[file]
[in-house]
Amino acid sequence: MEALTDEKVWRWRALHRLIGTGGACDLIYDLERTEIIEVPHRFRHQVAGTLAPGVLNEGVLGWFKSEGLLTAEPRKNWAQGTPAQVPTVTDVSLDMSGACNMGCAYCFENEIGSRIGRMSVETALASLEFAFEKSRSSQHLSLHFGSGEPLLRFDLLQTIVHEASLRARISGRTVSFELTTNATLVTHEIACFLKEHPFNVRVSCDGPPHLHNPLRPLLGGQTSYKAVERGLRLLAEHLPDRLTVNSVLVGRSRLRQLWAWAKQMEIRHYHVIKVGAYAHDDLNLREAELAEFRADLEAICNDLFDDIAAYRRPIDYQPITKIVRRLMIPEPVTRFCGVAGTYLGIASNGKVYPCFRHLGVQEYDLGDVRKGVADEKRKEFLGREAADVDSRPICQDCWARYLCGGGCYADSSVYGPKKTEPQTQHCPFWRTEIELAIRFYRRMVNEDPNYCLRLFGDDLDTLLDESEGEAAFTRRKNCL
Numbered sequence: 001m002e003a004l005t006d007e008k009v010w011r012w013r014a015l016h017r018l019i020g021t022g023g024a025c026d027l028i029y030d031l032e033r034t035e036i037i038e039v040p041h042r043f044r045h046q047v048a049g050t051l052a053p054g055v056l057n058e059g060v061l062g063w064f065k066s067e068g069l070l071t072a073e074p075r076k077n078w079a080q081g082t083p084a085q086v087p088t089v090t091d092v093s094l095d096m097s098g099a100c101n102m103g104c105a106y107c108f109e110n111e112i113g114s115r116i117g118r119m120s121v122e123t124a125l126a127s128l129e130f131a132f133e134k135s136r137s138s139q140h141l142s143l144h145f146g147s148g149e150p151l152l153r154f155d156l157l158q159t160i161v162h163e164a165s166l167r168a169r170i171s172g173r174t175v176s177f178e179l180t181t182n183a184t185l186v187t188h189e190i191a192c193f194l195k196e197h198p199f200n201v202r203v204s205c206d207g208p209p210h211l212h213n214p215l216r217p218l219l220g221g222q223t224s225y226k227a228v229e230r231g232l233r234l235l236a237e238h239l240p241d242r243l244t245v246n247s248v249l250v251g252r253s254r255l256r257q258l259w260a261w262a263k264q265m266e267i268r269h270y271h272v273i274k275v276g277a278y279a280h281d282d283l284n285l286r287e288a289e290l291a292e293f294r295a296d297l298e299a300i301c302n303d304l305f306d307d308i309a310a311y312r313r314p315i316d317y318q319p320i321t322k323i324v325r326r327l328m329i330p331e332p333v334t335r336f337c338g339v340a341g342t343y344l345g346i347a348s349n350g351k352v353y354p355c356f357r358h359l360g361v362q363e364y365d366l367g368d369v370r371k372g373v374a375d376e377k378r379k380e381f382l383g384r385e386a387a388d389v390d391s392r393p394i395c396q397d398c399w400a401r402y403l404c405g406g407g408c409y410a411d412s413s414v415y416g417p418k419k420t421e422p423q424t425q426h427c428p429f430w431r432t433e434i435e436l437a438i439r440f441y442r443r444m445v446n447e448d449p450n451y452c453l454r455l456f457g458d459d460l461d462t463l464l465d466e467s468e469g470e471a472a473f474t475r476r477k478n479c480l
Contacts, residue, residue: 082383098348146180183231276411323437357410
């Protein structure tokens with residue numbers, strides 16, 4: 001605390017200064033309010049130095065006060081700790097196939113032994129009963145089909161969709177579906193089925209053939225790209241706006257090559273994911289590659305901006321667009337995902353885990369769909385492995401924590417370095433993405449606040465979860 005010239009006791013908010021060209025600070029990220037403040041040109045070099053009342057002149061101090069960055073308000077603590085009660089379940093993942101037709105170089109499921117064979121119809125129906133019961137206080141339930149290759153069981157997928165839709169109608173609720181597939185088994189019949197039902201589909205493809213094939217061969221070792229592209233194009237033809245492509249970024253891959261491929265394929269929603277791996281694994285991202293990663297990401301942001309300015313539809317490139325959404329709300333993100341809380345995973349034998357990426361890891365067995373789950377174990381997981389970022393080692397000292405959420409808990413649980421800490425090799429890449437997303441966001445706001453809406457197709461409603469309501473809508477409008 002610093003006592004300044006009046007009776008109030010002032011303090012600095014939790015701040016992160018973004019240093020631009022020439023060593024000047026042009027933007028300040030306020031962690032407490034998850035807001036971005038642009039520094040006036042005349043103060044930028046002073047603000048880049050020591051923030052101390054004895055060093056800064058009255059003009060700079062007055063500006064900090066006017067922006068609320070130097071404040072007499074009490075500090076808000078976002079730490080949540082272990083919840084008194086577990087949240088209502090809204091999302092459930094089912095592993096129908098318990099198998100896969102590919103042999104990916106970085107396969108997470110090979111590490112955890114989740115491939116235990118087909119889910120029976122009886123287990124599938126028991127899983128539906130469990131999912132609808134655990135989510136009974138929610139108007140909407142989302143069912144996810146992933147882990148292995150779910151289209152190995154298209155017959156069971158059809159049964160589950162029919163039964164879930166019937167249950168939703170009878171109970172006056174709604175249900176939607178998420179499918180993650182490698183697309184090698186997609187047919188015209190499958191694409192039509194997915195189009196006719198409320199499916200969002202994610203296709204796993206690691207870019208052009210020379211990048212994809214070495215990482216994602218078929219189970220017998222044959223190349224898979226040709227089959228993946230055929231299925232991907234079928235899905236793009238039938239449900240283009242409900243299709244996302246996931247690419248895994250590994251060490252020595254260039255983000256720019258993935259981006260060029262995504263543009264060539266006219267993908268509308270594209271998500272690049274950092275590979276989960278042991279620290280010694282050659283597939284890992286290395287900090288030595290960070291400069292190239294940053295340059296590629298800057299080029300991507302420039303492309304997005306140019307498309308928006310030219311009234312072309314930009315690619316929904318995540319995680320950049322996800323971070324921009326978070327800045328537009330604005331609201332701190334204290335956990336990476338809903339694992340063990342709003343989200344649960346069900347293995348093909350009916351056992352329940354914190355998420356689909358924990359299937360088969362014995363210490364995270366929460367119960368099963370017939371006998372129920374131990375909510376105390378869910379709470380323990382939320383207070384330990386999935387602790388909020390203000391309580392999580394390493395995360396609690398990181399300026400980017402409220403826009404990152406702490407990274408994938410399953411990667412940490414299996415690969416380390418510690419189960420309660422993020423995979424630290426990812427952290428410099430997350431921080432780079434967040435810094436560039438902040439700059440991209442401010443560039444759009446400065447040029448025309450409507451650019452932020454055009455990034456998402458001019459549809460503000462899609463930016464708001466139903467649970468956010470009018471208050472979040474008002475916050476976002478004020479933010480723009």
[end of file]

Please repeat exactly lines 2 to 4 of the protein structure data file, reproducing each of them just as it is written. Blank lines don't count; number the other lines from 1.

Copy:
Amino acid sequence: MEALTDEKVWRWRALHRLIGTGGACDLIYDLERTEIIEVPHRFRHQVAGTLAPGVLNEGVLGWFKSEGLLTAEPRKNWAQGTPAQVPTVTDVSLDMSGACNMGCAYCFENEIGSRIGRMSVETALASLEFAFEKSRSSQHLSLHFGSGEPLLRFDLLQTIVHEASLRARISGRTVSFELTTNATLVTHEIACFLKEHPFNVRVSCDGPPHLHNPLRPLLGGQTSYKAVERGLRLLAEHLPDRLTVNSVLVGRSRLRQLWAWAKQMEIRHYHVIKVGAYAHDDLNLREAELAEFRADLEAICNDLFDDIAAYRRPIDYQPITKIVRRLMIPEPVTRFCGVAGTYLGIASNGKVYPCFRHLGVQEYDLGDVRKGVADEKRKEFLGREAADVDSRPICQDCWARYLCGGGCYADSSVYGPKKTEPQTQHCPFWRTEIELAIRFYRRMVNEDPNYCLRLFGDDLDTLLDESEGEAAFTRRKNCL
Numbered sequence: 001m002e003a004l005t006d007e008k009v010w011r012w013r014a015l016h017r018l019i020g021t022g023g024a025c026d027l028i029y030d031l032e033r034t035e036i037i038e039v040p041h042r043f044r045h046q047v048a049g050t051l052a053p054g055v056l057n058e059g060v061l062g063w064f065k066s067e068g069l070l071t072a073e074p075r076k077n078w079a080q081g082t083p084a085q086v087p088t089v090t091d092v093s094l095d096m097s098g099a100c101n102m103g104c105a106y107c108f109e110n111e112i113g114s115r116i117g118r119m120s121v122e123t124a125l126a127s128l129e130f131a132f133e134k135s136r137s138s139q140h141l142s143l144h145f146g147s148g149e150p151l152l153r154f155d156l157l158q159t160i161v162h163e164a165s166l167r168a169r170i171s172g173r174t175v176s177f178e179l180t181t182n183a184t185l186v187t188h189e190i191a192c193f194l195k196e197h198p199f200n201v202r203v204s205c206d207g208p209p210h211l212h213n214p215l216r217p218l219l220g221g222q223t224s225y226k227a228v229e230r231g232l233r234l235l236a237e238h239l240p241d242r243l244t245v246n247s248v249l250v251g252r253s254r255l256r257q258l259w260a261w262a263k264q265m266e267i268r269h270y271h272v273i274k275v276g277a278y279a280h281d282d283l284n285l286r287e288a289e290l291a292e293f294r295a296d297l298e299a300i301c302n303d304l305f306d307d308i309a310a311y312r313r314p315i316d317y318q319p320i321t322k323i324v325r326r327l328m329i330p331e332p333v334t335r336f337c338g339v340a341g342t343y344l345g346i347a348s349n350g351k352v353y354p355c356f357r358h359l360g361v362q363e364y365d366l367g368d369v370r371k372g373v374a375d376e377k378r379k380e381f382l383g384r385e386a387a388d389v390d391s392r393p394i395c396q397d398c399w400a401r402y403l404c405g406g407g408c409y410a411d412s413s414v415y416g417p418k419k420t421e422p423q424t425q426h427c428p429f430w431r432t433e434i435e436l437a438i439r440f441y442r443r444m445v446n447e448d449p450n451y452c453l454r455l456f457g458d459d460l461d462t463l464l465d466e467s468e469g470e471a472a473f474t475r476r477k478n479c480l
Contacts, residue, residue: 082383098348146180183231276411323437357410